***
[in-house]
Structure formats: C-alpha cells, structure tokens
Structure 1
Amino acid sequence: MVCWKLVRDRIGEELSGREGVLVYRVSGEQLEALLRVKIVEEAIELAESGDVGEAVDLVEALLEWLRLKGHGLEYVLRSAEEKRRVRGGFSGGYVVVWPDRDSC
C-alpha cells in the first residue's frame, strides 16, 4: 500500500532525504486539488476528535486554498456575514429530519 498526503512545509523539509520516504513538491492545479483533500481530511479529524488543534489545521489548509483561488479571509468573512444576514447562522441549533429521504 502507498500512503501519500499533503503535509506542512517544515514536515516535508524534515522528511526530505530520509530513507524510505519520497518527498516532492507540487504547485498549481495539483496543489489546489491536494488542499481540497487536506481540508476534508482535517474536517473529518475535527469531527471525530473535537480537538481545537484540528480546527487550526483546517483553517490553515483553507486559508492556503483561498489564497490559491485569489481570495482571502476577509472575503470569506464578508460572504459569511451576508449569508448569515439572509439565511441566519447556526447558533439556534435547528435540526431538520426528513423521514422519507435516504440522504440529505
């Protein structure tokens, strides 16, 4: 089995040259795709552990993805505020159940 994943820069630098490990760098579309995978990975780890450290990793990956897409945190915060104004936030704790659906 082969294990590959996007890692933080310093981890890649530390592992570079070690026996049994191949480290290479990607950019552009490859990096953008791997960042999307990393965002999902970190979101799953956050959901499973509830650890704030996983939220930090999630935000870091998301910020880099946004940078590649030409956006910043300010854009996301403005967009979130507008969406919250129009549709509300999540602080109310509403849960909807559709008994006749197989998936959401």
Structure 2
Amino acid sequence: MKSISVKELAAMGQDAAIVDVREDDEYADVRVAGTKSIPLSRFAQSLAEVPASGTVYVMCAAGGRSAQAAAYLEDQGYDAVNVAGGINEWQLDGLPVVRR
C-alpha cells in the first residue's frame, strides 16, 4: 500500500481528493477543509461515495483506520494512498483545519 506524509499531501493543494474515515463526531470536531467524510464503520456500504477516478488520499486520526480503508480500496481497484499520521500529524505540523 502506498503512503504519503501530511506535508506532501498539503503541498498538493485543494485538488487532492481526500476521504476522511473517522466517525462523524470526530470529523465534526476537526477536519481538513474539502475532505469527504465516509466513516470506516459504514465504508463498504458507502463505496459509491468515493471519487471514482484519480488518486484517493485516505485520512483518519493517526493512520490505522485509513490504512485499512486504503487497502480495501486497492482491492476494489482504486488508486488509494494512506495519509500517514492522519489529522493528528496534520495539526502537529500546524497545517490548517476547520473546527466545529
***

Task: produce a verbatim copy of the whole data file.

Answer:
[in-house]
Structure formats: C-alpha cells, structure tokens
Structure 1
Amino acid sequence: MVCWKLVRDRIGEELSGREGVLVYRVSGEQLEALLRVKIVEEAIELAESGDVGEAVDLVEALLEWLRLKGHGLEYVLRSAEEKRRVRGGFSGGYVVVWPDRDSC
C-alpha cells in the first residue's frame, strides 16, 4: 500500500532525504486539488476528535486554498456575514429530519 498526503512545509523539509520516504513538491492545479483533500481530511479529524488543534489545521489548509483561488479571509468573512444576514447562522441549533429521504 502507498500512503501519500499533503503535509506542512517544515514536515516535508524534515522528511526530505530520509530513507524510505519520497518527498516532492507540487504547485498549481495539483496543489489546489491536494488542499481540497487536506481540508476534508482535517474536517473529518475535527469531527471525530473535537480537538481545537484540528480546527487550526483546517483553517490553515483553507486559508492556503483561498489564497490559491485569489481570495482571502476577509472575503470569506464578508460572504459569511451576508449569508448569515439572509439565511441566519447556526447558533439556534435547528435540526431538520426528513423521514422519507435516504440522504440529505
């Protein structure tokens, strides 16, 4: 089995040259795709552990993805505020159940 994943820069630098490990760098579309995978990975780890450290990793990956897409945190915060104004936030704790659906 082969294990590959996007890692933080310093981890890649530390592992570079070690026996049994191949480290290479990607950019552009490859990096953008791997960042999307990393965002999902970190979101799953956050959901499973509830650890704030996983939220930090999630935000870091998301910020880099946004940078590649030409956006910043300010854009996301403005967009979130507008969406919250129009549709509300999540602080109310509403849960909807559709008994006749197989998936959401």
Structure 2
Amino acid sequence: MKSISVKELAAMGQDAAIVDVREDDEYADVRVAGTKSIPLSRFAQSLAEVPASGTVYVMCAAGGRSAQAAAYLEDQGYDAVNVAGGINEWQLDGLPVVRR
C-alpha cells in the first residue's frame, strides 16, 4: 500500500481528493477543509461515495483506520494512498483545519 506524509499531501493543494474515515463526531470536531467524510464503520456500504477516478488520499486520526480503508480500496481497484499520521500529524505540523 502506498503512503504519503501530511506535508506532501498539503503541498498538493485543494485538488487532492481526500476521504476522511473517522466517525462523524470526530470529523465534526476537526477536519481538513474539502475532505469527504465516509466513516470506516459504514465504508463498504458507502463505496459509491468515493471519487471514482484519480488518486484517493485516505485520512483518519493517526493512520490505522485509513490504512485499512486504503487497502480495501486497492482491492476494489482504486488508486488509494494512506495519509500517514492522519489529522493528528496534520495539526502537529500546524497545517490548517476547520473546527466545529